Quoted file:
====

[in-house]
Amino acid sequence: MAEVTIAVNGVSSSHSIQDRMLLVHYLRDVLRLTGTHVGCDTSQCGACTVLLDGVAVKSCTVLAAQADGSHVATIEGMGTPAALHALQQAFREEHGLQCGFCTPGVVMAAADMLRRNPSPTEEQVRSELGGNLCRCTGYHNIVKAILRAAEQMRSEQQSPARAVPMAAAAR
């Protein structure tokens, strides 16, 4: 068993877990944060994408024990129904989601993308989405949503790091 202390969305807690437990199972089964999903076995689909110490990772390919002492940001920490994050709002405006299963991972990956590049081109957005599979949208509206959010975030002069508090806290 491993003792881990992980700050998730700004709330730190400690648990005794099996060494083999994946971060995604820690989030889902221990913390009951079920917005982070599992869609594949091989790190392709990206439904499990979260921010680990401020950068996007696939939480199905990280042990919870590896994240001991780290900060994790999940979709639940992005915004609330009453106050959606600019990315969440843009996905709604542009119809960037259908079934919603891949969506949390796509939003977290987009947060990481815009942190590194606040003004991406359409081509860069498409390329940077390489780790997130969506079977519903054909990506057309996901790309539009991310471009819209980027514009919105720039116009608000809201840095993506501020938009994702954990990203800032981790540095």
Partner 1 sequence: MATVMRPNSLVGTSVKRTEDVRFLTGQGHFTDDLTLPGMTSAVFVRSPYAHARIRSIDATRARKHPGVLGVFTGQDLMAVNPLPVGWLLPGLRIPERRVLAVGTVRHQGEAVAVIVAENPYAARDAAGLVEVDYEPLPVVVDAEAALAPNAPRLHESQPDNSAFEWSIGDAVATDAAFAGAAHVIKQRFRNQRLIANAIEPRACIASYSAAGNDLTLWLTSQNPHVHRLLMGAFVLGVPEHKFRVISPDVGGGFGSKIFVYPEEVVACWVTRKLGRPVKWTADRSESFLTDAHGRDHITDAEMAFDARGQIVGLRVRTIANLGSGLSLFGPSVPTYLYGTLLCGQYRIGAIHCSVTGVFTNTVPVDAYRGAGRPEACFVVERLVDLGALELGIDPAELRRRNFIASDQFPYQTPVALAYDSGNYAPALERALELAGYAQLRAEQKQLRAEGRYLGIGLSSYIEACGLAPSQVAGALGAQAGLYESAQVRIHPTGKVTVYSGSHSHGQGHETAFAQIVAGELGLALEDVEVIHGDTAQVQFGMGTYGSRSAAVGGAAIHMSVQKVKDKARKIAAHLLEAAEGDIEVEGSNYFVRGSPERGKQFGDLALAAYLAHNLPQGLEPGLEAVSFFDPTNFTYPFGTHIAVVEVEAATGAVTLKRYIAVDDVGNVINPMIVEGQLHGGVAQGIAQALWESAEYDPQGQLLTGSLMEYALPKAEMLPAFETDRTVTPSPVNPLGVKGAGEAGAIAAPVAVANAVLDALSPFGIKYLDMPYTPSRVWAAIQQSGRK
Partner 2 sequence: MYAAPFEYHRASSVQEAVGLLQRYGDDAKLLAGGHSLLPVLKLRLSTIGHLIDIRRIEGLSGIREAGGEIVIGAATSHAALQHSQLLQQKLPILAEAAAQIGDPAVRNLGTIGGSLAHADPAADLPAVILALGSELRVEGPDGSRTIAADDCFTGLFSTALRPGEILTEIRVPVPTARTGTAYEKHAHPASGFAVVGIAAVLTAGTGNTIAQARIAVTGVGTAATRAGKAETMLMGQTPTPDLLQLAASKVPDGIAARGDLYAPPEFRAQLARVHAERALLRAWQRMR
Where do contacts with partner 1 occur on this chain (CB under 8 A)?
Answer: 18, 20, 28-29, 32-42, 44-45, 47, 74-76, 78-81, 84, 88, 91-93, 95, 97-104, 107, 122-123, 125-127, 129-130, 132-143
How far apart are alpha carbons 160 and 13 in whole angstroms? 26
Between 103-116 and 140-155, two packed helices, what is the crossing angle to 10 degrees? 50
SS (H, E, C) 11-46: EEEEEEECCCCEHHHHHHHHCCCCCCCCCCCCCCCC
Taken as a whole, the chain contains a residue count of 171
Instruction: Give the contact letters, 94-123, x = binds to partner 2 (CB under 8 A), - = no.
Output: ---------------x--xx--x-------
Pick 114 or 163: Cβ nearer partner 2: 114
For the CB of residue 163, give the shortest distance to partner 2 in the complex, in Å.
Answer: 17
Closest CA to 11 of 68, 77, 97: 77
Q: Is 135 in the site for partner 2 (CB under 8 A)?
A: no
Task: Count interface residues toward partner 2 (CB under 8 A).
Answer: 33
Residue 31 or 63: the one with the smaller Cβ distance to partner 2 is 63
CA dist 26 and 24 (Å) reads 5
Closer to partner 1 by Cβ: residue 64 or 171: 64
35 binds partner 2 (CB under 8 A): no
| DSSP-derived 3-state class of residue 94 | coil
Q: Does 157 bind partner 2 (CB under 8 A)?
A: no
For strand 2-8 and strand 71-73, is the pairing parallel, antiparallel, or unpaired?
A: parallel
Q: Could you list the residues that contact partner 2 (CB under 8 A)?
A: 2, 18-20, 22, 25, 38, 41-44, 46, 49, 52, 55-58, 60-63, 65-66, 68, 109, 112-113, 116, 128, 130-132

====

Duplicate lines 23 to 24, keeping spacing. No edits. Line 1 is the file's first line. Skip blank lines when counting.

CA dist 26 and 24 (Å) reads 5
Closer to partner 1 by Cβ: residue 64 or 171: 64